Rockers on Judge Shows
We hate to generalize, but face it, musicians are flaky. And often broke. Which may explain why they frequently end up in court. Or more specifically, on television court shows. Over the years we’ve come across some excellent footage of musicians on trial. The great
wife-beating Ike Turner once appeared before “Judge Joe Brown”. So did Coolio, though sadly we weren’t able to dig up either episode. We were, however, able to locate the gems below. Verdict for YuppiePunk World HQ.
God Save the Judge
The irascible Johnny Lydon appeared on a 1997 episode of “Judge Judy,” where he was sued by drummer Robert Williams, whom he hired and quickly fired a few days before a tour because of unreasonable demands — like his own hotel room. Williams also claims to have been assaulted by Lydon, though Judge Judy disagreed. “Fairly obvious decision,” Lyden said after the judge ruled in his favor, but not before being shushed a few times for talking out of turn.
After guitarist Joe Turner borrowed a guitar from friend Rick James (and his braids), they get stolen from his car. So the King of Funk took his ass (and his green skullcap) to the court of “Judge Joe Brown.” The audio kinda blows, but if you’ve played as much full-volumed funk as Rick James, you’re probably half-deaf anyway. Enjoy.
Sean Ingram, singer of Lawrence, Kansas’ Coalesce, was featured on a recent episode of “The People’s Court.” Ingram runs a merchandising company called Blue Collar Distro, which makes t-shirts, hoodies, etc. for a bunch of indie bands. And one of those bands stiffed him (according to the comments here, it was The Esoteric) on their $2,000 bill. Ingram sued the band’s manager since he had ordered the merch, but you’ll have to watch the case to see how Judge Milian ruled.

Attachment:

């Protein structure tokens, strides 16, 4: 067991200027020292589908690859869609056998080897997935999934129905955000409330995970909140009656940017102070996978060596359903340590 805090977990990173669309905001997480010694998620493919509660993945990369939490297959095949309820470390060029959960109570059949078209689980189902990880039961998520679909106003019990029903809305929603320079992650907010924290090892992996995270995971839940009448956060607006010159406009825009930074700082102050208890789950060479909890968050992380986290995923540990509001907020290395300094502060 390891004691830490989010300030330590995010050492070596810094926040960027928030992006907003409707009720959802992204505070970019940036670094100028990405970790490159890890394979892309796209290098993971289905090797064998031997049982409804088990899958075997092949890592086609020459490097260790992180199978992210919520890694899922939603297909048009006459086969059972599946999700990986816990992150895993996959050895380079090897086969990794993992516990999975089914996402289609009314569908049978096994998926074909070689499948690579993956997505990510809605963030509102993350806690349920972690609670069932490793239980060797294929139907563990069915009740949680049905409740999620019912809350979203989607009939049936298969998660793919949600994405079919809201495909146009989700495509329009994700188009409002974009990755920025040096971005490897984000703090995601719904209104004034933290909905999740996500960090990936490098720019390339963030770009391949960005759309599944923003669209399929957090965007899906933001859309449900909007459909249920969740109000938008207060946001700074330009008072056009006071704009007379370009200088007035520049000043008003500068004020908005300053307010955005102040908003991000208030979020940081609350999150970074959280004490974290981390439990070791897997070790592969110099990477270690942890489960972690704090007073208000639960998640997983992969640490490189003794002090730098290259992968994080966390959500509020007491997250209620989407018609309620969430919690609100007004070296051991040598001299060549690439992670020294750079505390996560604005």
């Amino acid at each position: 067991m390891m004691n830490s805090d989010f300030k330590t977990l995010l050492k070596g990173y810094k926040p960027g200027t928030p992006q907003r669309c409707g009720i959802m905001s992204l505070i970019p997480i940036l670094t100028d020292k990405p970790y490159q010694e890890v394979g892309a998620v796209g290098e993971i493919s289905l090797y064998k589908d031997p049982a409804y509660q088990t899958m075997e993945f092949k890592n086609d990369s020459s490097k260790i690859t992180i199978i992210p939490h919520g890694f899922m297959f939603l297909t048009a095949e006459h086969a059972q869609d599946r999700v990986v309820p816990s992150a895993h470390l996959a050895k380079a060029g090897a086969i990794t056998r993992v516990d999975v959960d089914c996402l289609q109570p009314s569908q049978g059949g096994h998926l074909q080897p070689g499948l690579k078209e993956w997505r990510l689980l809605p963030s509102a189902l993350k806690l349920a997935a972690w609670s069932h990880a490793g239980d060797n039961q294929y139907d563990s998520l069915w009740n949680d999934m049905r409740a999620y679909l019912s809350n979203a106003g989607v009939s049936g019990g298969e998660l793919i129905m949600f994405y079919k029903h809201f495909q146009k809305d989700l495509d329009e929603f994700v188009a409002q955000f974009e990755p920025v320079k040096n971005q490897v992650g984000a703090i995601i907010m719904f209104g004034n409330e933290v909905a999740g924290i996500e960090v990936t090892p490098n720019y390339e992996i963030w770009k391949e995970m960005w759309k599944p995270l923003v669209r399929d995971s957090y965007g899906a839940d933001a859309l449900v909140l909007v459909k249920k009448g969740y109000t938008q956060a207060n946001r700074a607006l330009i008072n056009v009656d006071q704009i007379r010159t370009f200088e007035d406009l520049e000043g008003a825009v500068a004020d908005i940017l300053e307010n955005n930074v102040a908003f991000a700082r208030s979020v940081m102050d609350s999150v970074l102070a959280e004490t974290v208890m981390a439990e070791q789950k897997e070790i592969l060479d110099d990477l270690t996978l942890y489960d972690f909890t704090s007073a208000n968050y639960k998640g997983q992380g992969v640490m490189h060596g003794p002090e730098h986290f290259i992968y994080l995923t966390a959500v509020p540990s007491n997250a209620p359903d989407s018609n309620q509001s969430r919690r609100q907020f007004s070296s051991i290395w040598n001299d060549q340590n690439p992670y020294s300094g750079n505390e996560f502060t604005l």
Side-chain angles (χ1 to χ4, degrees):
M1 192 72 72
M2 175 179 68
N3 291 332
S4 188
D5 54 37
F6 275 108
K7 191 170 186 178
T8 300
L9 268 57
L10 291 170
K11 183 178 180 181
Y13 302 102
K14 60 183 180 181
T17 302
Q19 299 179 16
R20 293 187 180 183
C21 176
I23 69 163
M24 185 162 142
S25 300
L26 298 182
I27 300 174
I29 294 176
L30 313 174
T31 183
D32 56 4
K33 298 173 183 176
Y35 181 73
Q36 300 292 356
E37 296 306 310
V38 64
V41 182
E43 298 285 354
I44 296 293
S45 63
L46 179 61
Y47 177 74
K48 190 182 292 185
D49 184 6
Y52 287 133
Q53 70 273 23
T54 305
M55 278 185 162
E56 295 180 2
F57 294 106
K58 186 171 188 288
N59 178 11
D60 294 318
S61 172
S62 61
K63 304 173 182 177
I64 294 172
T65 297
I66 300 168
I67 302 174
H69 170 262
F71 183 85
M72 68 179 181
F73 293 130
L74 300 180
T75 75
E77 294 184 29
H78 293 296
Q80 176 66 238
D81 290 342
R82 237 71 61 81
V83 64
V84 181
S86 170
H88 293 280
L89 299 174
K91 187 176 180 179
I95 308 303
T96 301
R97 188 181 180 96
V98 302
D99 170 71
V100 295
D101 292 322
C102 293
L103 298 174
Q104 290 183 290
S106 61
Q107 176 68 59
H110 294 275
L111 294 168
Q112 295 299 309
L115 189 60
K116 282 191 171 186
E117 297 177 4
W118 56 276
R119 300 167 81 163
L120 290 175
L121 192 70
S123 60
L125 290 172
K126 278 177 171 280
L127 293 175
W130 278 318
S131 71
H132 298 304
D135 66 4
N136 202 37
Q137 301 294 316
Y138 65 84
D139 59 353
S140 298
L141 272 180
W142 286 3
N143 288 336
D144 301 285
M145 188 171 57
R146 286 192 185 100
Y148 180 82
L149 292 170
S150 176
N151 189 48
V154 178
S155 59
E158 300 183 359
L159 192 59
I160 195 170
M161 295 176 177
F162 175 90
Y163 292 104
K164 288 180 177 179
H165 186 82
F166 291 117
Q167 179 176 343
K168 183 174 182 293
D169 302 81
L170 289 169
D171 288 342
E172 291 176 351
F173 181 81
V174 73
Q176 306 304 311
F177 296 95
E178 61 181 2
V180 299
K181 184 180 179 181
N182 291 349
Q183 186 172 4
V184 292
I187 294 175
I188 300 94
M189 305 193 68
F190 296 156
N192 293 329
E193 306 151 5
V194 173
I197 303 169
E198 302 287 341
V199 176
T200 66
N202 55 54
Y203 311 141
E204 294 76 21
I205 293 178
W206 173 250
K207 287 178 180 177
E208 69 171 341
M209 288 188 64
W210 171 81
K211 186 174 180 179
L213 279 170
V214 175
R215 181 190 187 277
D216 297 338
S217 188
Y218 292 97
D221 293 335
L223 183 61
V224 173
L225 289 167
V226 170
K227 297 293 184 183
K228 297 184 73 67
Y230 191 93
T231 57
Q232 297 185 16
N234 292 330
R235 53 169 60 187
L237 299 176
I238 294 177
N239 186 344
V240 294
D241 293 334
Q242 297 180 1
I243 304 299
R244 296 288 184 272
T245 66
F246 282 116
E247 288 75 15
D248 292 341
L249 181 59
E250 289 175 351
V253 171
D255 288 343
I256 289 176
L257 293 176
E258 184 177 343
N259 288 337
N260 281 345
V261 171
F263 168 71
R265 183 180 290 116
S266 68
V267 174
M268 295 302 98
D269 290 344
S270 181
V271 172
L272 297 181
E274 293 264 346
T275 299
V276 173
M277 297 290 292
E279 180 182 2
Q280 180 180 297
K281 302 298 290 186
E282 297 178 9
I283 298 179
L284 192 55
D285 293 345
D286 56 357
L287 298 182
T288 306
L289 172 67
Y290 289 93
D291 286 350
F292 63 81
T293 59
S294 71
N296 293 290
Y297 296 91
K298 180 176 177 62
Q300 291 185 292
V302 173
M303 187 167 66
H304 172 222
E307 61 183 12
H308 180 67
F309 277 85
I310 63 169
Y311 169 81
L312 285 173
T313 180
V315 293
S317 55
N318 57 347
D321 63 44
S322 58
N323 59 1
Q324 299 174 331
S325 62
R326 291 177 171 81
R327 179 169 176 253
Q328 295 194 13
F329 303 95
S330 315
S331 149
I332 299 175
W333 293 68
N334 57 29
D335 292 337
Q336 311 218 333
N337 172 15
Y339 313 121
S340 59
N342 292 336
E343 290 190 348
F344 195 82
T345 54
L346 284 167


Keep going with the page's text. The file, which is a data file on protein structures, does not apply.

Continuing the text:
You can see part II here and part III here.
Bark at the Judge
Ozzy impersonator Tim Tugg from Portland, Oregon tribute band Crazy Train sued his former landlord on “Judge Mathis,” who seems to have a hard time understanding the difference between the real Ozzy and the fake one. Trivia: The cross Tugg wears around his neck was caught by his then-girlfriend at a 1971 Black Sabbath show.
The leader of long-running underground metal band Skitzo was sued by a concertgoer on “Judge Judy,” after her dress was ruined by singer Lance Ozanix, who barfed all over it (and the plaintiff) as part of the band’s stage show. His defense? She should have known she was going to get puked on. Right on brother, right on!
Any rockers we missed on court TV? Leave ‘em in the comments.